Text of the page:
I only need this space to move around in, to do nothing. It’s the same. It’s never the same. Whether you experiment with syntax or elation, the movement’s the same and it’s nothing. YOU are still here. I am still moving like someone else, someone I don’t know. If only I could take my small business seriously, move like a poet, kill like an owl. Try for an effect. And the strangest thing of all, was once, the more I work at it, the more I produce, the less it comes together, the less it’s mine.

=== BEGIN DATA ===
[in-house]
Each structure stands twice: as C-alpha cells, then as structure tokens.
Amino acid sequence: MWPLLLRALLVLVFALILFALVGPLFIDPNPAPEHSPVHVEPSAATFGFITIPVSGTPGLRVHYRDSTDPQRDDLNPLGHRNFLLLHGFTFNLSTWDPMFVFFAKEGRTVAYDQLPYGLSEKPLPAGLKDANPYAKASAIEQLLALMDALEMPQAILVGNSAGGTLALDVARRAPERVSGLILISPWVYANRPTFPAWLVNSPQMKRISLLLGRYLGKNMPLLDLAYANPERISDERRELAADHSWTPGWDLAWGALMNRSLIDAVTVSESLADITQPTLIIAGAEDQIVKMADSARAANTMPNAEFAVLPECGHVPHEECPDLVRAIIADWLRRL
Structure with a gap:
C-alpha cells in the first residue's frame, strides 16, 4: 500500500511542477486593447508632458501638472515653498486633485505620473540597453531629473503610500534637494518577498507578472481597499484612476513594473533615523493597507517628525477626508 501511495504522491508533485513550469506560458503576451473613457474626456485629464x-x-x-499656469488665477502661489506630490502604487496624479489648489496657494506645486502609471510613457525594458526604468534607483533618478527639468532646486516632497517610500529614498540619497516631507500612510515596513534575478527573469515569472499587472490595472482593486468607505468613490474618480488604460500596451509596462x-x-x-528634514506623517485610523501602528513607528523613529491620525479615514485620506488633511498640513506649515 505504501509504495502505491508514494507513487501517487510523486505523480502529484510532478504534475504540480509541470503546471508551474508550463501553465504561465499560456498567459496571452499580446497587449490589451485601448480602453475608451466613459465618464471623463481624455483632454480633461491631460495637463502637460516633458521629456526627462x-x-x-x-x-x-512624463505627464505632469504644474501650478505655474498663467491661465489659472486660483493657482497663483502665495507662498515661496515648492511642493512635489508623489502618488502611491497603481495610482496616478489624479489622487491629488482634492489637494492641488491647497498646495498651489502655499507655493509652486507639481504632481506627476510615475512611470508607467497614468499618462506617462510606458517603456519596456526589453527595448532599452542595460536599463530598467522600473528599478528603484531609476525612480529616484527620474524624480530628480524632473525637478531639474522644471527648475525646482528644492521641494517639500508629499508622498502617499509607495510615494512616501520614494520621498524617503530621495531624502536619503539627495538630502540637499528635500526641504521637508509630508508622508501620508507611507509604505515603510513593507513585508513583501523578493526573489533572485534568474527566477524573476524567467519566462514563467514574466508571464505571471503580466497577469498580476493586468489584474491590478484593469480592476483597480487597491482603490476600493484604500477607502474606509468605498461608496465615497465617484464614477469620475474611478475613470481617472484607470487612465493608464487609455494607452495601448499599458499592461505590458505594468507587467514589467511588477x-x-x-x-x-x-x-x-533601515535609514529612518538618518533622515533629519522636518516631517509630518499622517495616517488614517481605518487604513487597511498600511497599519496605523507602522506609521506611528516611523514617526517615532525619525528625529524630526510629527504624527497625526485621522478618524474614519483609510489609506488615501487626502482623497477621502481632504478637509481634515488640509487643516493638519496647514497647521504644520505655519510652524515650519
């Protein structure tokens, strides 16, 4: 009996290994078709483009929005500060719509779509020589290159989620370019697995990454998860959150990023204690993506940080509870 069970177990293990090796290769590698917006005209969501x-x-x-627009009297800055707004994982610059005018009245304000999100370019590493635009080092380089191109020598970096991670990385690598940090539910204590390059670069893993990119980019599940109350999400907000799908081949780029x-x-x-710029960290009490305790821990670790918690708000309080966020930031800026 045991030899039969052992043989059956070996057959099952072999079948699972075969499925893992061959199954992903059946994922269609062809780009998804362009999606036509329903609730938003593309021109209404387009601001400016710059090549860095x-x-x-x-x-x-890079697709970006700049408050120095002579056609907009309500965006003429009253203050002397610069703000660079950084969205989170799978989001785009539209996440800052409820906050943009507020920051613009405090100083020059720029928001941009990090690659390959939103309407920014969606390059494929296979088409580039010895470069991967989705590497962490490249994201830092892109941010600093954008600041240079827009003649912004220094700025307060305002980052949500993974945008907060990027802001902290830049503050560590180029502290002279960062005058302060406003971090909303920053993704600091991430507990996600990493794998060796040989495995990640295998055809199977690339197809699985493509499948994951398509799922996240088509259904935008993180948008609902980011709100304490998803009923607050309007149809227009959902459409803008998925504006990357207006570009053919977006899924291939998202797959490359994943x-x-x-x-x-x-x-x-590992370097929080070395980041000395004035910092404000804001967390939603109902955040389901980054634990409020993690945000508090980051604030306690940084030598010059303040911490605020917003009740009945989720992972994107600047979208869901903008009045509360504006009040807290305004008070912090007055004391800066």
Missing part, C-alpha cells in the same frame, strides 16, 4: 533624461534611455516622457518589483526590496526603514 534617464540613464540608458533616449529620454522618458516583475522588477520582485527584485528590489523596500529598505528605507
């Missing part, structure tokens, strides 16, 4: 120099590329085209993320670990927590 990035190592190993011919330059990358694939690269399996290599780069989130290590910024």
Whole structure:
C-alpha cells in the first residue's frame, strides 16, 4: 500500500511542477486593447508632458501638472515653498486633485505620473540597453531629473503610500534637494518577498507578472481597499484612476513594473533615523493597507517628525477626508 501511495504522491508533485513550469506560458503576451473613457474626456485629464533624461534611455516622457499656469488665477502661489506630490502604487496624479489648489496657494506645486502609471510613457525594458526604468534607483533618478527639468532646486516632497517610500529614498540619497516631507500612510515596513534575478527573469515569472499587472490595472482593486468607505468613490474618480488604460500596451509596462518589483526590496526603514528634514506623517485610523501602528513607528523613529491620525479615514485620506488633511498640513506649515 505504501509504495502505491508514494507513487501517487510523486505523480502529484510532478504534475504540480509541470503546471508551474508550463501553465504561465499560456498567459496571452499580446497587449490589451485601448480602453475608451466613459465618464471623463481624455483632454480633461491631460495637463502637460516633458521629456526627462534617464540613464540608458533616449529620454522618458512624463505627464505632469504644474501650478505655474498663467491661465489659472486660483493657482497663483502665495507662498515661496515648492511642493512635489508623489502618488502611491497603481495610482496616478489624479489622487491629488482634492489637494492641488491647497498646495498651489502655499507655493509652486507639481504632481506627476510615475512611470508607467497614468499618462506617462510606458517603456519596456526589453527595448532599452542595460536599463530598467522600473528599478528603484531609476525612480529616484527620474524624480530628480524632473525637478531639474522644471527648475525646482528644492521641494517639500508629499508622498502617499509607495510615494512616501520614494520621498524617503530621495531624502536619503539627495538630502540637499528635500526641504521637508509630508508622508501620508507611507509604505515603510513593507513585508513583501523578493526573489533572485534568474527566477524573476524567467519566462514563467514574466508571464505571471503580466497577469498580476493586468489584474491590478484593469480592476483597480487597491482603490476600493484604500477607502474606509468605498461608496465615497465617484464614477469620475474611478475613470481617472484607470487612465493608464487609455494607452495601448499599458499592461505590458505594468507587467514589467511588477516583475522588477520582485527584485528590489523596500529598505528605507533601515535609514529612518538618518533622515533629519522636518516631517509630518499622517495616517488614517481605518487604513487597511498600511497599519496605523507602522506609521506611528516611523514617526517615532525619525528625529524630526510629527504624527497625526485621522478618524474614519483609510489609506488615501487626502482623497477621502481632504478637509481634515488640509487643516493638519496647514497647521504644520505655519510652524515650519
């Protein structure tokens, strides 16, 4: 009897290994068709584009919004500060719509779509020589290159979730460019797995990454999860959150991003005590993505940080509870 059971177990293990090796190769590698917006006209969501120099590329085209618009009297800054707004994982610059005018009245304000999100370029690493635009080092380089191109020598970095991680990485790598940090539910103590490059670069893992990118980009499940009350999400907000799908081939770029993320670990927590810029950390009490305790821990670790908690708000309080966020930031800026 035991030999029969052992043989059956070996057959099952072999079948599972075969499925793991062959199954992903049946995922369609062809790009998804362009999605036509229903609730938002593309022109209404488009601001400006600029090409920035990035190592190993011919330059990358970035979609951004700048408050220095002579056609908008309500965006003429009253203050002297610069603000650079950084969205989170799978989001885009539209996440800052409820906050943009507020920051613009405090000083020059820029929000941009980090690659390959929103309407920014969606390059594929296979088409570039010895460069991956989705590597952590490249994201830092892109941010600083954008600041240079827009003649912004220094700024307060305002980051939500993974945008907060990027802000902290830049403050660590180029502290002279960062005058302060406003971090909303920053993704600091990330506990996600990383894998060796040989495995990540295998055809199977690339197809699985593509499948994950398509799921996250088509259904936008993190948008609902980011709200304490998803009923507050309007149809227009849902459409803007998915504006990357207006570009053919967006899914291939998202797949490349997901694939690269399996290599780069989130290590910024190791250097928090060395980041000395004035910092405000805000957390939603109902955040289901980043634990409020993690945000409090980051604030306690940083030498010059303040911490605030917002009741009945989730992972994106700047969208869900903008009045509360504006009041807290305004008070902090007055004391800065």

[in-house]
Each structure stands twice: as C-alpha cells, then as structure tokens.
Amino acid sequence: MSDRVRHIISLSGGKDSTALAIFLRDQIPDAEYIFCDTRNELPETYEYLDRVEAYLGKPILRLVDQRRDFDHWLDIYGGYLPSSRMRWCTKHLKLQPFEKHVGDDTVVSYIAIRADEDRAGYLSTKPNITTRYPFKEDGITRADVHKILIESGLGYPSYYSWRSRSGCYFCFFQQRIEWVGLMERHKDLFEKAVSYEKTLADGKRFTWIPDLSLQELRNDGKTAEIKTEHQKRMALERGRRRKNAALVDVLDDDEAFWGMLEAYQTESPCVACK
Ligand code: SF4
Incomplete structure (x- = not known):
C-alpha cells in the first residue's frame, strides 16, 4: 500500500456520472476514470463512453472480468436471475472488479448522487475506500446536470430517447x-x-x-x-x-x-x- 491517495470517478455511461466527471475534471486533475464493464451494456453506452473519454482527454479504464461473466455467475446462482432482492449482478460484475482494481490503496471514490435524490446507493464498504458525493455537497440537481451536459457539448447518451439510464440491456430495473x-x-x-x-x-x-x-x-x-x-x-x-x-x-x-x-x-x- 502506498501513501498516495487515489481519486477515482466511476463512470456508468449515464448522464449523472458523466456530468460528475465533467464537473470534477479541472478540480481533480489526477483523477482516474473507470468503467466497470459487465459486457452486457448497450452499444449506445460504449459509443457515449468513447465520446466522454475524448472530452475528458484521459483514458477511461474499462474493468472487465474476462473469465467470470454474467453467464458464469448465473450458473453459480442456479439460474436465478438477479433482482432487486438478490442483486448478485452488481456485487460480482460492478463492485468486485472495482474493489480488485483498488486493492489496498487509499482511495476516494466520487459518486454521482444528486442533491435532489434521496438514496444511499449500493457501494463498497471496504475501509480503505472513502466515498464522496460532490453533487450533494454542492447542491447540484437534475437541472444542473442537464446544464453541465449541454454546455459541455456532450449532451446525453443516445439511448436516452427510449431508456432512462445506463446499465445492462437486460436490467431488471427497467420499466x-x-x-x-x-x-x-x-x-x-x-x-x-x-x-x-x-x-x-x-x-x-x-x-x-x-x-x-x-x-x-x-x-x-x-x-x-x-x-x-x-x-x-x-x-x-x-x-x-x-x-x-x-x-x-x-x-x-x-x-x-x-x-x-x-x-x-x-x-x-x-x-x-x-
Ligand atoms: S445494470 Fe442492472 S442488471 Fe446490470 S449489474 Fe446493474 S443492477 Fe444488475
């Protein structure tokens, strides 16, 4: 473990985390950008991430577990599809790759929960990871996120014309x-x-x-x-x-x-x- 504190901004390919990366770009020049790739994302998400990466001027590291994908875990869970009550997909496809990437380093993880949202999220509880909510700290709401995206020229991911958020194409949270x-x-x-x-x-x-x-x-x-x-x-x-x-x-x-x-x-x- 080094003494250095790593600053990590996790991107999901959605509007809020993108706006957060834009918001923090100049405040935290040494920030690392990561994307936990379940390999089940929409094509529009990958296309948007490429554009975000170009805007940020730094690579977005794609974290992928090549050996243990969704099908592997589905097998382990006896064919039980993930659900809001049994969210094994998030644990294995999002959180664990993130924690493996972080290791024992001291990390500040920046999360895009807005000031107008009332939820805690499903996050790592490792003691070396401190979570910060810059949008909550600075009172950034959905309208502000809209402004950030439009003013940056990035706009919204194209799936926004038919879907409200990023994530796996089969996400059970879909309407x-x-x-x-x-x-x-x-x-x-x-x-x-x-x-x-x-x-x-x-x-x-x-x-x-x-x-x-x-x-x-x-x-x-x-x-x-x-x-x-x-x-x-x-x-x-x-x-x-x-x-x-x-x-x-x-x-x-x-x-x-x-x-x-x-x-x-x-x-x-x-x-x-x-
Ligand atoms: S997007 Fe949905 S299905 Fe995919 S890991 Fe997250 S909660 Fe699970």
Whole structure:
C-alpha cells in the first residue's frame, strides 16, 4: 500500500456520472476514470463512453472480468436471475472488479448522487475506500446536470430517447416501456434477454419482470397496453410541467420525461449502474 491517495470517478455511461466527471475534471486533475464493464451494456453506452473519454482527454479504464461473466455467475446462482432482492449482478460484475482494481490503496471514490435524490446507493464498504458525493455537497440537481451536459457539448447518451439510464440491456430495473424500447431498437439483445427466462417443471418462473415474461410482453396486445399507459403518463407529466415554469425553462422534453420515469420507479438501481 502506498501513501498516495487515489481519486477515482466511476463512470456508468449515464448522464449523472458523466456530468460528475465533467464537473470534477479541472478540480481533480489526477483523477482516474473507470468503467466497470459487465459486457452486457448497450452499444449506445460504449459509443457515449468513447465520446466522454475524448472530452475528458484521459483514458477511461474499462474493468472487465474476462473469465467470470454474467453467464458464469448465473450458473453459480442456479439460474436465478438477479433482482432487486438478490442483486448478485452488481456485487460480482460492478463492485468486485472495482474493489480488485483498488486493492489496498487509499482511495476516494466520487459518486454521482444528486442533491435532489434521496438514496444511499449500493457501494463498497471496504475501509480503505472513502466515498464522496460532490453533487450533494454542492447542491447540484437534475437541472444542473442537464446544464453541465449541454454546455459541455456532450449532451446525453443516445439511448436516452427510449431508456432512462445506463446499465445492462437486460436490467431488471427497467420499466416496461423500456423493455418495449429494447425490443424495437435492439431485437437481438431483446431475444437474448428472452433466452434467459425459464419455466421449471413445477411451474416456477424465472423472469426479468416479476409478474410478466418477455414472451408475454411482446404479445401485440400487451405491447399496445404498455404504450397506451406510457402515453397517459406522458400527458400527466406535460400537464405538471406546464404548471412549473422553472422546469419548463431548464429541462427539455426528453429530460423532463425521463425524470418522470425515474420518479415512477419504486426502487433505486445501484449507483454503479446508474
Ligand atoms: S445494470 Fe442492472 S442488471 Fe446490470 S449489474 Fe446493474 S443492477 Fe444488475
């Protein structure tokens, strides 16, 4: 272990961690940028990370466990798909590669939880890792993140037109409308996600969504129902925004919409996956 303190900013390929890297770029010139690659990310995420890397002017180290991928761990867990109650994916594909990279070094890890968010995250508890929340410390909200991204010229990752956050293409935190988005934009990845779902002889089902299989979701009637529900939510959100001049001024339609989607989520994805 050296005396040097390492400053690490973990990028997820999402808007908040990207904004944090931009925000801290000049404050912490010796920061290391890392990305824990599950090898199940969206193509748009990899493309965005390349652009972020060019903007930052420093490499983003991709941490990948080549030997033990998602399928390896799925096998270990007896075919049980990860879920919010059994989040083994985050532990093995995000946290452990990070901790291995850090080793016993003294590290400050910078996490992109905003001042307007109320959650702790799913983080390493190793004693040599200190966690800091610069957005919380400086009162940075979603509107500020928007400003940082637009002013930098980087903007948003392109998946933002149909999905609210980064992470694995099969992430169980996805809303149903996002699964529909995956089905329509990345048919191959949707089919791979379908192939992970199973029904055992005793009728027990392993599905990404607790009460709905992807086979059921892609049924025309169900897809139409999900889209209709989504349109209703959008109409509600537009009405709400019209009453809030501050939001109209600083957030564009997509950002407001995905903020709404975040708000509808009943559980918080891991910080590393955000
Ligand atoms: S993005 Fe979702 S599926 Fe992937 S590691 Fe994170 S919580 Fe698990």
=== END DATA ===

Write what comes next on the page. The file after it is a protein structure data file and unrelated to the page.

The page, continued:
Bernadette Mayer reading from her work, Studying Hunger Journals (Station Hill Press, 2011). Audio: Jon Demiglio and Sophia Wang (recorded on April 6, 2013).

I invited Bernadette to contribute her voice, reading her work, and she agreed, so in April that year I went out to see her in upstate New York and made some recordings, which became the soundtrack for the piece.

How do we move like poets? With a movement that’s as resourceful with bodies in space as poetry is with language.

How do we kill like owls? This one’s harder to answer without giving away one’s hard-earned strategies for slaying.

Joe Roberts, Owl vs. Barbarian, 2009. From LSD WORLDPEACE, Published by Unpiano Books, 2014. (Photo: Unpiano Books).